Yet unlike the stock market, the American economy is not tanking. Just on Wednesday Barclays boosted its tracking estimate of third-quarter gross domestic growth to 2.8%. That’s nowhere near a recession. In the current environment of lackluster global economic growth, that actually qualifies as pretty strong.
And it’s not like interest rates are shooting higher, creating a drag on stocks. Central bankers around the world are flooding the system with cash and keeping rates extremely low. Bill Dudley, the president of the New York Federal Reserve, signaled the U.S. central bank may shelve its plans to raise rates next month until later in the year or even 2016.
“The positive fundamentals of improving economic growth and accommodative monetary policies in developed markets remain intact, supporting equities over bonds,” Merrill Lynch wrote.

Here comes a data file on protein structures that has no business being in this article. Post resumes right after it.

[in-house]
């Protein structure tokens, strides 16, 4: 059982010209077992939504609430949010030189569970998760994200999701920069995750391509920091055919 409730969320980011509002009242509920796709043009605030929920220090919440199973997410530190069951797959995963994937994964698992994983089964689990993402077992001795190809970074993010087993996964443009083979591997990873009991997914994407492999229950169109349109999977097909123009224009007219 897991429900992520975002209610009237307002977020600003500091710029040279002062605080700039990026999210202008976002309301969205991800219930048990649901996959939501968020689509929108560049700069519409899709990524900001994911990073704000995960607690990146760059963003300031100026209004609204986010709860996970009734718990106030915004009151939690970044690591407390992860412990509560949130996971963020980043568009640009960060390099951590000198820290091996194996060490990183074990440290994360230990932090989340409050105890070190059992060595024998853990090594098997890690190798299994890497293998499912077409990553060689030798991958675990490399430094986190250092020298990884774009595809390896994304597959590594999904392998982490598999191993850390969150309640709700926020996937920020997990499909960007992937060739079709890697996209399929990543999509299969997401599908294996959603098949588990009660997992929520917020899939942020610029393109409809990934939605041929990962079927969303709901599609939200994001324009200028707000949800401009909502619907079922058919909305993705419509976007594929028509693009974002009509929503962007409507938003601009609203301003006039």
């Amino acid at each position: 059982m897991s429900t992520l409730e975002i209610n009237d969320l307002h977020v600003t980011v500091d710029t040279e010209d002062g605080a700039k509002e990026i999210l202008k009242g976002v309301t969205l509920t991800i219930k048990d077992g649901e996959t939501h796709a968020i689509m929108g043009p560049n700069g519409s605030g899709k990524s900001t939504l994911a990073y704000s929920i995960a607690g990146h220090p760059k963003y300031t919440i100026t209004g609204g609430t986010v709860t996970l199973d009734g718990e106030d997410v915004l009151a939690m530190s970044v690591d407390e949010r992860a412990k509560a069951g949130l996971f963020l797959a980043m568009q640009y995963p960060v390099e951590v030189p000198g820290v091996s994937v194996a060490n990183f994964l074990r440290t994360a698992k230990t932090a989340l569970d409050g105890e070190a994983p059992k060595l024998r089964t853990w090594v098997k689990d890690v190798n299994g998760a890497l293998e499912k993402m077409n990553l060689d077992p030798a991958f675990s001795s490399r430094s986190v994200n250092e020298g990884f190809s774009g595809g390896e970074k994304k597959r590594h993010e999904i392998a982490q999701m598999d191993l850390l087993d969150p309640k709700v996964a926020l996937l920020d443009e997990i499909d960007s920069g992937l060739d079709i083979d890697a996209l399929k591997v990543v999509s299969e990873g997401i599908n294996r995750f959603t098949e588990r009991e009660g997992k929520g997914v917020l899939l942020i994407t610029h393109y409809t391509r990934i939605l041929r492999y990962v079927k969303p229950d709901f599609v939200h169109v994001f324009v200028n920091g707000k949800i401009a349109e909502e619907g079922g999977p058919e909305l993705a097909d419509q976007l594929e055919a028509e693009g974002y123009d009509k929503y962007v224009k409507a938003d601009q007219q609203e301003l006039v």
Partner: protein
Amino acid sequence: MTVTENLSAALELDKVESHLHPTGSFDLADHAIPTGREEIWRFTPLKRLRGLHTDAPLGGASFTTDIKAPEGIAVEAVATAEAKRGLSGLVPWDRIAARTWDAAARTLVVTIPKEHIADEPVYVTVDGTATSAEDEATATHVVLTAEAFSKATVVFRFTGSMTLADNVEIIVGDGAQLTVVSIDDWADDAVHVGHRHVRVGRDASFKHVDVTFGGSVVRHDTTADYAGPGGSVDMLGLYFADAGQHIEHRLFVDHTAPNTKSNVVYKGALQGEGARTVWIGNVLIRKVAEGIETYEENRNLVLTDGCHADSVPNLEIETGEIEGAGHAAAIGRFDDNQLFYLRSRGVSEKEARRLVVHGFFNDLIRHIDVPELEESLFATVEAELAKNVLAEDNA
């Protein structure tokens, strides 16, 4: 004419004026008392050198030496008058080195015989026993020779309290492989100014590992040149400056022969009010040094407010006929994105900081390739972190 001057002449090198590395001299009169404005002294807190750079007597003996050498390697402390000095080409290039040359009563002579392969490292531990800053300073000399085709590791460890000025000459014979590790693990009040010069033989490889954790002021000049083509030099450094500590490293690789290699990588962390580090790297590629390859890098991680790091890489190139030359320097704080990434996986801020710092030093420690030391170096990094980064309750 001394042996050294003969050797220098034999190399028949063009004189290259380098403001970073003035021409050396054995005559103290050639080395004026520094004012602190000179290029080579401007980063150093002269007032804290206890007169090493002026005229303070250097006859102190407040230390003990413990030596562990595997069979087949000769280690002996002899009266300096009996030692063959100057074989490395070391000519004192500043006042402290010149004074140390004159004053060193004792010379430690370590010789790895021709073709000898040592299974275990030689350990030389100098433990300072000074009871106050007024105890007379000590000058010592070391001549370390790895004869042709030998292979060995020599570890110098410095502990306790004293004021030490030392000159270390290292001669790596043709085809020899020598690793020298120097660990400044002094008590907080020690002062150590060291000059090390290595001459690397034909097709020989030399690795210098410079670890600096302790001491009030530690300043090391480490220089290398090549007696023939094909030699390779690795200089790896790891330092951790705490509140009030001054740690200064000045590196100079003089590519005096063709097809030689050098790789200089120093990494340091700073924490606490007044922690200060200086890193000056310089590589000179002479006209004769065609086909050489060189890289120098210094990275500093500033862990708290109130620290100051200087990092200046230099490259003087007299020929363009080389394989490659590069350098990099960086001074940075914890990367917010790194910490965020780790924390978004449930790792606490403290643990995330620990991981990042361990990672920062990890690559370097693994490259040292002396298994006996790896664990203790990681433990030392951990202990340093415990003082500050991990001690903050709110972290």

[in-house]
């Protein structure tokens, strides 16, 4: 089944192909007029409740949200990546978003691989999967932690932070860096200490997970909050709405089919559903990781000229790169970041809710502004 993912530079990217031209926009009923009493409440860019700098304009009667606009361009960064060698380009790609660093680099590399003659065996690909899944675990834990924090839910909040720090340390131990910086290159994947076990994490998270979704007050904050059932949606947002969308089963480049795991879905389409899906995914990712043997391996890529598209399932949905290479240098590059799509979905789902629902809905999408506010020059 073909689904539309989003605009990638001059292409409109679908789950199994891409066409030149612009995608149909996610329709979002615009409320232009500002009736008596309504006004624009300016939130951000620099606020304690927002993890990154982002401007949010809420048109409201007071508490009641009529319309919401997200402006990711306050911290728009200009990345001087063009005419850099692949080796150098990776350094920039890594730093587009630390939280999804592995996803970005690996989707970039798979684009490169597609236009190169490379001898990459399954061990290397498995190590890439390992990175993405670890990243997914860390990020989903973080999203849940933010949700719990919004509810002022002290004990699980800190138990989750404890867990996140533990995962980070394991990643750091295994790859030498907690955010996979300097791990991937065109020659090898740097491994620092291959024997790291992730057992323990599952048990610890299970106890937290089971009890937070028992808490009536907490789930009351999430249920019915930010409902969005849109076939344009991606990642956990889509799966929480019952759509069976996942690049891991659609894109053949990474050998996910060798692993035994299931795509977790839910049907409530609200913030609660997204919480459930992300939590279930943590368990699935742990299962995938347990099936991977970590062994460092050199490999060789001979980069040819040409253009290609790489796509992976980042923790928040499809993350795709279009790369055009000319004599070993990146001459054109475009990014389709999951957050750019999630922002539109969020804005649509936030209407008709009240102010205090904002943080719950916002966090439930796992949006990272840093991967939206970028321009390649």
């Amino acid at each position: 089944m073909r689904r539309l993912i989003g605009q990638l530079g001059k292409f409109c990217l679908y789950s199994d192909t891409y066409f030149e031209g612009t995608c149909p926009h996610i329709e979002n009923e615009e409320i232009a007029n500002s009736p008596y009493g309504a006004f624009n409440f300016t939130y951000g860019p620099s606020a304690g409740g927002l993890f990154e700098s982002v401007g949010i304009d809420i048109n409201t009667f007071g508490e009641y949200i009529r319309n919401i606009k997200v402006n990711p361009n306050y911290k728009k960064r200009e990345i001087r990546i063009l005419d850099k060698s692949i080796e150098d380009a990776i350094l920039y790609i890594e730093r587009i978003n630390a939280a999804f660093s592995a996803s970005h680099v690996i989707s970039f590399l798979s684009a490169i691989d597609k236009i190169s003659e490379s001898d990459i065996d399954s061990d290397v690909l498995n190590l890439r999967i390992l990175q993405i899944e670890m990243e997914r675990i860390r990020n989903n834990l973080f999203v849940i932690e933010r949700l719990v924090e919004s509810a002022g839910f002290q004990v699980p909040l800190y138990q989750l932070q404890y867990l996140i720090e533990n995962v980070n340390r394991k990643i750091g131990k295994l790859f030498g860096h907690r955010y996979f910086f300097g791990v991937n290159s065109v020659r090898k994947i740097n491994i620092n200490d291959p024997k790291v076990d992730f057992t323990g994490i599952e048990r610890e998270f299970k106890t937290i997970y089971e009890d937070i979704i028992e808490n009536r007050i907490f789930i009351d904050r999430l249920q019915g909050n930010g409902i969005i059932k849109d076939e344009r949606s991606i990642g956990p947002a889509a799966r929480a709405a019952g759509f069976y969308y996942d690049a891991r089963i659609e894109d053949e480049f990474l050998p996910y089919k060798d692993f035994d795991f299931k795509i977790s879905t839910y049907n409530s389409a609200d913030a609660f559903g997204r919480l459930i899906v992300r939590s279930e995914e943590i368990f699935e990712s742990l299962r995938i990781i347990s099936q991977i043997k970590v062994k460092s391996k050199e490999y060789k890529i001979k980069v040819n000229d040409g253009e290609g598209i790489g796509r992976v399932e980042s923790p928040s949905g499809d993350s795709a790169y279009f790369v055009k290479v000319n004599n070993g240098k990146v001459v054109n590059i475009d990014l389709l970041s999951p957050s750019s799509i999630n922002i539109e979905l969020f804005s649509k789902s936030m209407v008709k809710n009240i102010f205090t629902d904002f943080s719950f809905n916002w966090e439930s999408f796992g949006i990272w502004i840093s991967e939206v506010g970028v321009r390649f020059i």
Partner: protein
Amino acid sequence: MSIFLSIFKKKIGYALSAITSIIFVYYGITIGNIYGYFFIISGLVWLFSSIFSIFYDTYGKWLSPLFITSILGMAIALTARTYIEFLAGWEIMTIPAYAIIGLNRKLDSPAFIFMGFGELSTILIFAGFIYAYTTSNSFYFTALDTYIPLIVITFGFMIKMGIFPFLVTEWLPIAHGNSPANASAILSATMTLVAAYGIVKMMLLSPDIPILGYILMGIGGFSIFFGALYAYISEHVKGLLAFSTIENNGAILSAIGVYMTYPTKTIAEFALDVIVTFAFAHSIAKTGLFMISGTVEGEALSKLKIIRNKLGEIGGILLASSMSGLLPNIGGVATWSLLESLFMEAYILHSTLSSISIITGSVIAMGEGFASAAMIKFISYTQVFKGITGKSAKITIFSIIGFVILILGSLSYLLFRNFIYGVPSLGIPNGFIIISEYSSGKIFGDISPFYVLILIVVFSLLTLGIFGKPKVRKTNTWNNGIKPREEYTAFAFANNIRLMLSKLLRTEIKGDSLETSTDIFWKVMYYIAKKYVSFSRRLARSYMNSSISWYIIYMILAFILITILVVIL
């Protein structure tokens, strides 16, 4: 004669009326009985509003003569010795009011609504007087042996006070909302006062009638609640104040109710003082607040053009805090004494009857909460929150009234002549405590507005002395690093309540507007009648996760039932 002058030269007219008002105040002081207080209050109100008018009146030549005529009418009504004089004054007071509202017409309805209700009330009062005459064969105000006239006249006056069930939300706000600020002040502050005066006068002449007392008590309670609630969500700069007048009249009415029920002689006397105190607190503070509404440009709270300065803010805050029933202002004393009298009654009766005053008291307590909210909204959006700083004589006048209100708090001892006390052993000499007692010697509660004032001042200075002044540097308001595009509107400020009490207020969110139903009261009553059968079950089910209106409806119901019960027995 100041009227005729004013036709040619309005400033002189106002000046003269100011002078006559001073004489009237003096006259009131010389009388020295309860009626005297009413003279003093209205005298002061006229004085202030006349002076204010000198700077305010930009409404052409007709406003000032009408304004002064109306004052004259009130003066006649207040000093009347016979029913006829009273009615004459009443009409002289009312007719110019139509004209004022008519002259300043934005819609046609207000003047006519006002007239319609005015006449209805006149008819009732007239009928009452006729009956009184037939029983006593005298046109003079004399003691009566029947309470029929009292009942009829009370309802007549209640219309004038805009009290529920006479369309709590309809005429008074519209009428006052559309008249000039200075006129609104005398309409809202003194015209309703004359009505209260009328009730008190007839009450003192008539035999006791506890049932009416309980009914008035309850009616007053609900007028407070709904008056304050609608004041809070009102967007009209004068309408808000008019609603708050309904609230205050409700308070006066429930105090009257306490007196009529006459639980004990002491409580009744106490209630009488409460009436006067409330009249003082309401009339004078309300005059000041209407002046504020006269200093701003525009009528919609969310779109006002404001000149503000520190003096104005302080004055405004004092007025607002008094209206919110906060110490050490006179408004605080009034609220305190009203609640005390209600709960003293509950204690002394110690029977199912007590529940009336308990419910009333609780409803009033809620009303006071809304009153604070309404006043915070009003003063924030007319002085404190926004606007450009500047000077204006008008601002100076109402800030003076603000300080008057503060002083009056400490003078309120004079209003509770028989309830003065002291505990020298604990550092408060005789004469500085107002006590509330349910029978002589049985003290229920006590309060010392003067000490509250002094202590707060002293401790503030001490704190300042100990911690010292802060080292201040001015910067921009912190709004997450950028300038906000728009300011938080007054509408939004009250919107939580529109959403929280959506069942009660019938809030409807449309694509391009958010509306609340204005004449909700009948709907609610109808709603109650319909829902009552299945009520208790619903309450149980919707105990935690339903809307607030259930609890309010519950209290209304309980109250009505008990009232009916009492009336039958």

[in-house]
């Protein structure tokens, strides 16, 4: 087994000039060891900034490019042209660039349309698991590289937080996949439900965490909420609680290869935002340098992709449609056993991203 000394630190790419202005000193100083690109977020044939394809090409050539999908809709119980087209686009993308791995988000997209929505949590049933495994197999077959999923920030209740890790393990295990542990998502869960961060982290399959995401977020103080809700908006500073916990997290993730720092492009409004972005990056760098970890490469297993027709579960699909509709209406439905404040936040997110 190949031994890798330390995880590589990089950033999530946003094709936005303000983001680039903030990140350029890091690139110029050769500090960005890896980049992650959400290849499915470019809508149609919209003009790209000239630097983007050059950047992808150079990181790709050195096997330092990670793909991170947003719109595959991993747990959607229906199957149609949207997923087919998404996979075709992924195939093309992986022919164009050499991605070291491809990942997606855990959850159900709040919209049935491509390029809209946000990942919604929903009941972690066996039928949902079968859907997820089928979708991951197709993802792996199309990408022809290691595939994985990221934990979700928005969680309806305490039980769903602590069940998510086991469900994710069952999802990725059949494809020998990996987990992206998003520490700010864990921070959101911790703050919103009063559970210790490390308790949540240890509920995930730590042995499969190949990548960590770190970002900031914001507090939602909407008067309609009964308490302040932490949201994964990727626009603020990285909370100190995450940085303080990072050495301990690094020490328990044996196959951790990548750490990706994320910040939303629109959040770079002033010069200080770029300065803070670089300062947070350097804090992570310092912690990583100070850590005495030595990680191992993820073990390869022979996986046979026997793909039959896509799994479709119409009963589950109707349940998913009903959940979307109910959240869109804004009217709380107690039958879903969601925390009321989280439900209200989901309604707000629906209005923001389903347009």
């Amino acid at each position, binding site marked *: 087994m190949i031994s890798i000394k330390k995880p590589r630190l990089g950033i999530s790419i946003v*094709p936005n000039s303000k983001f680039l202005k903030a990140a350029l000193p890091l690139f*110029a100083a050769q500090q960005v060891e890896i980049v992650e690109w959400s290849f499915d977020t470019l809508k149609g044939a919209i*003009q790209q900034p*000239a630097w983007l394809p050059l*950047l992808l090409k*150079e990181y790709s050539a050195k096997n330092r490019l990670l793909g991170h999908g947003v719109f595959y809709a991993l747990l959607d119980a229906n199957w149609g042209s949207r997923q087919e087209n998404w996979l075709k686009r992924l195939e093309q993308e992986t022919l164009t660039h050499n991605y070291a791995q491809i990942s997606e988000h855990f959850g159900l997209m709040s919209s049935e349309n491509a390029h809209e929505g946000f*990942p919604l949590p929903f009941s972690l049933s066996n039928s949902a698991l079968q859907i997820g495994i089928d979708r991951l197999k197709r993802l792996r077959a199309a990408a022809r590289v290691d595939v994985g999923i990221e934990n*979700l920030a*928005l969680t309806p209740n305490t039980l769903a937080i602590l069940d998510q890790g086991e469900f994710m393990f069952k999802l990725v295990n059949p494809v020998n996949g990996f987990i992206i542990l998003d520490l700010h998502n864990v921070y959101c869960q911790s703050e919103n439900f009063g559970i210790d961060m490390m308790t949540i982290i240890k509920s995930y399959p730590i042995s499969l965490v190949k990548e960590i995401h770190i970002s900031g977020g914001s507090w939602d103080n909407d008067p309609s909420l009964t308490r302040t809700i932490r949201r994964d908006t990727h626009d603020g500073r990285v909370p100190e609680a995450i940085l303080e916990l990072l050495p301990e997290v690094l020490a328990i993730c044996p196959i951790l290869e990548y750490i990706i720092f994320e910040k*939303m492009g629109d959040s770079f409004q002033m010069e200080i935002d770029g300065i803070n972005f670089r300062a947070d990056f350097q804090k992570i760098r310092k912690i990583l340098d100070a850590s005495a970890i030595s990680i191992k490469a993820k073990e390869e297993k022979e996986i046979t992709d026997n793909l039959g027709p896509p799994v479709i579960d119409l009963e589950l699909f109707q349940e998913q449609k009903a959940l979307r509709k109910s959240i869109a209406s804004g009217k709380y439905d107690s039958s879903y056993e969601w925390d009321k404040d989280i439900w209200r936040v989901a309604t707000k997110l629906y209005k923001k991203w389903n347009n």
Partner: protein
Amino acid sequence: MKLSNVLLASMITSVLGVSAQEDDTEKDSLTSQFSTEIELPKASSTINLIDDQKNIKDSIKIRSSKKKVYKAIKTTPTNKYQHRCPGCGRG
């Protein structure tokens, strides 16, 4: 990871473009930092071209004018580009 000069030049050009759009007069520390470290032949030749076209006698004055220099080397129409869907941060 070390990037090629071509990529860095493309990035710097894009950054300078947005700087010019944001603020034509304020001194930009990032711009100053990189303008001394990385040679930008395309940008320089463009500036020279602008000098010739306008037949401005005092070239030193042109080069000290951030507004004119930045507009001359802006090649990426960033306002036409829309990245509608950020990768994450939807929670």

If the economy isn’t collapsing, then that means corporate profits should remain relatively solid, outside of the oil-ravaged energy sector. Profits are critical to stock prices.
But prices have tumbled in recent days, seemingly undercutting the argument that American stocks are too expensive.
Just look at the Dow’s price-to-earnings ratio, a key valuation metric. On average Dow stocks now trade for 15.5 times this year’s expected earnings and only 14 times next year’s, according to ConvergEx. While that’s not exactly dirt cheap, it’s a big improvement from multiples north of 18 just a few months ago.
And if the markets go even lower in the current volatility “we’re getting to levels where the fundamentals show compelling value,” said Nicholas Colas, chief market strategist at ConvergEx, in a note.